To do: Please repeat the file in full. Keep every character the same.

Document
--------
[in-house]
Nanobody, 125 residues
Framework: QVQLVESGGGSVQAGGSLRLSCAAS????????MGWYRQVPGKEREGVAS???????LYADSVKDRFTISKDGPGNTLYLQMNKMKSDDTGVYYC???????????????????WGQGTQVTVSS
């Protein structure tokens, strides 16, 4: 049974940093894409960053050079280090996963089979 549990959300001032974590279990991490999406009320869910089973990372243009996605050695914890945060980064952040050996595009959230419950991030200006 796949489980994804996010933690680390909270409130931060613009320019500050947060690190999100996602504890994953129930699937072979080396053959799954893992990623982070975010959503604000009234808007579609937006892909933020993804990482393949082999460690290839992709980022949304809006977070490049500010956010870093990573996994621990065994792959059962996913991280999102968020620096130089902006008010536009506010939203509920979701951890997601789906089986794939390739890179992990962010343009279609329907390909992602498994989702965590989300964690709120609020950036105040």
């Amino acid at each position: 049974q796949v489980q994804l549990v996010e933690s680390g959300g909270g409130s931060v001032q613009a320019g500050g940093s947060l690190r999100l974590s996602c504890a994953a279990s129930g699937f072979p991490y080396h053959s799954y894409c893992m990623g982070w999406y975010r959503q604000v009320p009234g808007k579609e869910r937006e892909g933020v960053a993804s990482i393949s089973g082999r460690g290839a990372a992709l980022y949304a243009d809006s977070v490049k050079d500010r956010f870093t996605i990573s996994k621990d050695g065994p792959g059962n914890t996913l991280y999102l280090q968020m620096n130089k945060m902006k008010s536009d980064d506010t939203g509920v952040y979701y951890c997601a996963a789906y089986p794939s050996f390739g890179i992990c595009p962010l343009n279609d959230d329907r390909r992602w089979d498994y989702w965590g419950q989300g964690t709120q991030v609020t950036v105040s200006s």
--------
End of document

[in-house]
Nanobody, 125 residues
Framework: QVQLVESGGGSVQAGGSLRLSCAAS????????MGWYRQVPGKEREGVAS???????LYADSVKDRFTISKDGPGNTLYLQMNKMKSDDTGVYYC???????????????????WGQGTQVTVSS
């Protein structure tokens, strides 16, 4: 049974940093894409960053050079280090996963089979 549990959300001032974590279990991490999406009320869910089973990372243009996605050695914890945060980064952040050996595009959230419950991030200006 796949489980994804996010933690680390909270409130931060613009320019500050947060690190999100996602504890994953129930699937072979080396053959799954893992990623982070975010959503604000009234808007579609937006892909933020993804990482393949082999460690290839992709980022949304809006977070490049500010956010870093990573996994621990065994792959059962996913991280999102968020620096130089902006008010536009506010939203509920979701951890997601789906089986794939390739890179992990962010343009279609329907390909992602498994989702965590989300964690709120609020950036105040």
């Amino acid at each position: 049974q796949v489980q994804l549990v996010e933690s680390g959300g909270g409130s931060v001032q613009a320019g500050g940093s947060l690190r999100l974590s996602c504890a994953a279990s129930g699937f072979p991490y080396h053959s799954y894409c893992m990623g982070w999406y975010r959503q604000v009320p009234g808007k579609e869910r937006e892909g933020v960053a993804s990482i393949s089973g082999r460690g290839a990372a992709l980022y949304a243009d809006s977070v490049k050079d500010r956010f870093t996605i990573s996994k621990d050695g065994p792959g059962n914890t996913l991280y999102l280090q968020m620096n130089k945060m902006k008010s536009d980064d506010t939203g509920v952040y979701y951890c997601a996963a789906y089986p794939s050996f390739g890179i992990c595009p962010l343009n279609d959230d329907r390909r992602w089979d498994y989702w965590g419950q989300g964690t709120q991030v609020t950036v105040s200006s």